REVIEW: BAD IDEAS | BY MICHAEL V. SMITH

>>From a review published in The Province: Mark Abbot reviews Michael V. Smith’s new poetry collection, Bad Ideas.

Nightwood Editions | $18.95 | 96 pages | purchase online

Michael V. Smith is a multi-talented novelist, poet and performance artist whose work has always been expressive and honest. His first poetry collection, What You Can’t Have (Signature, 2006), was shortlisted for the ReLit award. Bad Ideas is his second book of poetry and deals heavily in themes of family, sexuality, spirituality, life and death. Smith’s poetry is moving, beautifully written and heartfelt.

Bad Ideas is divided into four categories: prayers, dreams of friends and family, queer and little things. And in many ways, it is a “book of anxieties … an address to better understand them,” according to Smith’s dedication. In fact, anxiety is a leitmotif running through all of Smith’s work; reading his poems is like being privy to a therapy session in a room with a two-way mirror, with Smith on one side lying on the patient’s couch, and us on the other side spectating curiously.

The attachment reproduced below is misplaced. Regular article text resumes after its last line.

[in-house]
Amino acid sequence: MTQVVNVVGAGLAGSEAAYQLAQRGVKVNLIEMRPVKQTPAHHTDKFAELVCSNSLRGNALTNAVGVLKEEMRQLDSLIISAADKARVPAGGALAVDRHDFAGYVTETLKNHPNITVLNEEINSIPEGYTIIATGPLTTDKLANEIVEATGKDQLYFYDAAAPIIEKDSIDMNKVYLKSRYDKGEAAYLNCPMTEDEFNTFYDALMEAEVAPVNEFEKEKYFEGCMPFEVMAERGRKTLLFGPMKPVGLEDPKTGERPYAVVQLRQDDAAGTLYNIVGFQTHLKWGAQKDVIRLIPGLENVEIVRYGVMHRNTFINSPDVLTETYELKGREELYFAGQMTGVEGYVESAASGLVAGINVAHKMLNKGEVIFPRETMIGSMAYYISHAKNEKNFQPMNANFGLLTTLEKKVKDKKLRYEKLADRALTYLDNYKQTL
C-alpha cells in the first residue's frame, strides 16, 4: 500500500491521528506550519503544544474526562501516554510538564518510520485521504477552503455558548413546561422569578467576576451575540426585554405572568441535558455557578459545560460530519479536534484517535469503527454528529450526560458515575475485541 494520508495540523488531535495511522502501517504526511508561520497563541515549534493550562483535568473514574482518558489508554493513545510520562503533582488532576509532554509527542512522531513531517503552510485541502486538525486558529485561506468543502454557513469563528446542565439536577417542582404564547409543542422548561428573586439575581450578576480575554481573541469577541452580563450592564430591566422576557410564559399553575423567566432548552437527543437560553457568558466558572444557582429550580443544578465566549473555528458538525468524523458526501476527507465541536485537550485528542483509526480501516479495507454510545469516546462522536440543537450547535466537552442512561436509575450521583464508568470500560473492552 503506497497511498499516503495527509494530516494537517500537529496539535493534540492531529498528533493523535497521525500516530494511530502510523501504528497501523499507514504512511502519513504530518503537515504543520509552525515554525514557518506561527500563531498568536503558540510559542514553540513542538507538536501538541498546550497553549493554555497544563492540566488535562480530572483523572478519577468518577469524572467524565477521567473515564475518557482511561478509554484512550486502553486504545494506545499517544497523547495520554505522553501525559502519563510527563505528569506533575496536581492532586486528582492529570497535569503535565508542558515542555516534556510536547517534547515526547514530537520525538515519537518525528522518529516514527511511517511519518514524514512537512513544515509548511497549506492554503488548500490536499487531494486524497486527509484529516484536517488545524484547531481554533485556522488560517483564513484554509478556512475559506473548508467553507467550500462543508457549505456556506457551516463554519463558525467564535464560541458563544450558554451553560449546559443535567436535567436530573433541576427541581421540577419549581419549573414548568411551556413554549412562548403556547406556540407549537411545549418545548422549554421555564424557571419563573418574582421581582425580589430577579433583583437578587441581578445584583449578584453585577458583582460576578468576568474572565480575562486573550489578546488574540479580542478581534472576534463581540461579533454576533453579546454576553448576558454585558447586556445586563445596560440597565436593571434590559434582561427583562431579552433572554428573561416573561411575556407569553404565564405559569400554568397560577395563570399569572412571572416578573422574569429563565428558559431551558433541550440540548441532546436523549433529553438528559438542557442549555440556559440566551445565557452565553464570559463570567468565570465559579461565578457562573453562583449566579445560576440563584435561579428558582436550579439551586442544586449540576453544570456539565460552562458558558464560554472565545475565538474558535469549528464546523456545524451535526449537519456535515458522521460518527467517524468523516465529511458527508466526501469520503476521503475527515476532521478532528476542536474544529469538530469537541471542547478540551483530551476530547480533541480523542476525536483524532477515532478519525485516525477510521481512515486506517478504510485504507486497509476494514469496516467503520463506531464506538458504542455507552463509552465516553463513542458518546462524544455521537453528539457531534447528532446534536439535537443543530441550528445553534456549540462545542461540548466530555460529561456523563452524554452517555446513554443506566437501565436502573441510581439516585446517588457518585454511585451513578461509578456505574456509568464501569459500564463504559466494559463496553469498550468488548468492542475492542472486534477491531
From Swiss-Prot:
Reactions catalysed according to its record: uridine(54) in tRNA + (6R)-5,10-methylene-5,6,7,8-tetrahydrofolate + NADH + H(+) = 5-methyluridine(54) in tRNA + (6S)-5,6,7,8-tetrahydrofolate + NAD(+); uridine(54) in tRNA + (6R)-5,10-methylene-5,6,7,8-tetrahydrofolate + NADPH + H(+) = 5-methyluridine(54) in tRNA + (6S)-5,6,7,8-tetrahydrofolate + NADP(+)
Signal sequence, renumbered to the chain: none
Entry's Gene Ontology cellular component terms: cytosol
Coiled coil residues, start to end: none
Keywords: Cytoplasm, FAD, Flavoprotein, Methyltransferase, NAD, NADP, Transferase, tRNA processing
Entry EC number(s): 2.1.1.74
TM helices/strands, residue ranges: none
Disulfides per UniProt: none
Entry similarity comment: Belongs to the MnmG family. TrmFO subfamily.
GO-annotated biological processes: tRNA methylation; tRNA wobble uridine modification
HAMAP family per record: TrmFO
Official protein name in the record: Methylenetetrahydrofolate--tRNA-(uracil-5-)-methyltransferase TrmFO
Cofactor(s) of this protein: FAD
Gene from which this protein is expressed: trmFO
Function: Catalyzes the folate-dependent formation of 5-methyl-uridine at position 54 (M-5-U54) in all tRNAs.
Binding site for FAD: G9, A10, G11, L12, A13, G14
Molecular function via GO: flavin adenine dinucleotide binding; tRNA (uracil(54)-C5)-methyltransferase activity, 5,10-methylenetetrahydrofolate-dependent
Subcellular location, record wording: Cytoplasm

There is a lot of heartache in Bad Ideas, pain dripping down through each line. I admire Smith for his bravery, his gravitas. These are heavy subjects that have touched him deeply. His work is autobiographical, but he is a gifted wordsmith who takes us on an emotional poetical journey. One hopes to find true happiness somewhere in the book, and I’m not entirely certain you’ll find it here – at least not in the shallow sense. And that’s perhaps the point. Life isn’t a Hollywood film with perfect endings. Bad Ideas is well worth reading for the spiritual ride, even if it’s a bumpy one.

Read the review in full on The Province website!